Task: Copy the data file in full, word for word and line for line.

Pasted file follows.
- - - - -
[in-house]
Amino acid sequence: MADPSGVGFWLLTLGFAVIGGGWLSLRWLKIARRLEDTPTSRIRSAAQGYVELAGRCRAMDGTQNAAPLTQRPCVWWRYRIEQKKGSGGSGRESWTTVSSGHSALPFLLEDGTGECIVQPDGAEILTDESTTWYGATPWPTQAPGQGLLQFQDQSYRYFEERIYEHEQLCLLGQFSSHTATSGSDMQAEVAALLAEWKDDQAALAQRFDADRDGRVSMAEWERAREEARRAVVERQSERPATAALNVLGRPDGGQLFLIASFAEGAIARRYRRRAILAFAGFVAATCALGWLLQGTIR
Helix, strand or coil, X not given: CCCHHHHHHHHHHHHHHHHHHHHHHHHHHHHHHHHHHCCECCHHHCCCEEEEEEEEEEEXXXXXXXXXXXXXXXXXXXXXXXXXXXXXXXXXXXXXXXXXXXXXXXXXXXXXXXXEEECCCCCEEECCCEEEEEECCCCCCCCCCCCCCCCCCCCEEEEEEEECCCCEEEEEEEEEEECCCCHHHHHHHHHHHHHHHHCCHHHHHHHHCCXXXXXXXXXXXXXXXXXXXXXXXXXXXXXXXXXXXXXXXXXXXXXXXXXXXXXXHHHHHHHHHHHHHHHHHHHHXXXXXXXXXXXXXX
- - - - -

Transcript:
[in-house]
Amino acid sequence: MADPSGVGFWLLTLGFAVIGGGWLSLRWLKIARRLEDTPTSRIRSAAQGYVELAGRCRAMDGTQNAAPLTQRPCVWWRYRIEQKKGSGGSGRESWTTVSSGHSALPFLLEDGTGECIVQPDGAEILTDESTTWYGATPWPTQAPGQGLLQFQDQSYRYFEERIYEHEQLCLLGQFSSHTATSGSDMQAEVAALLAEWKDDQAALAQRFDADRDGRVSMAEWERAREEARRAVVERQSERPATAALNVLGRPDGGQLFLIASFAEGAIARRYRRRAILAFAGFVAATCALGWLLQGTIR
Helix, strand or coil, X not given: CCCHHHHHHHHHHHHHHHHHHHHHHHHHHHHHHHHHHCCECCHHHCCCEEEEEEEEEEEXXXXXXXXXXXXXXXXXXXXXXXXXXXXXXXXXXXXXXXXXXXXXXXXXXXXXXXXEEECCCCCEEECCCEEEEEECCCCCCCCCCCCCCCCCCCCEEEEEEEECCCCEEEEEEEEEEECCCCHHHHHHHHHHHHHHHHCCHHHHHHHHCCXXXXXXXXXXXXXXXXXXXXXXXXXXXXXXXXXXXXXXXXXXXXXXXXXXXXXXHHHHHHHHHHHHHHHHHHHHXXXXXXXXXXXXXX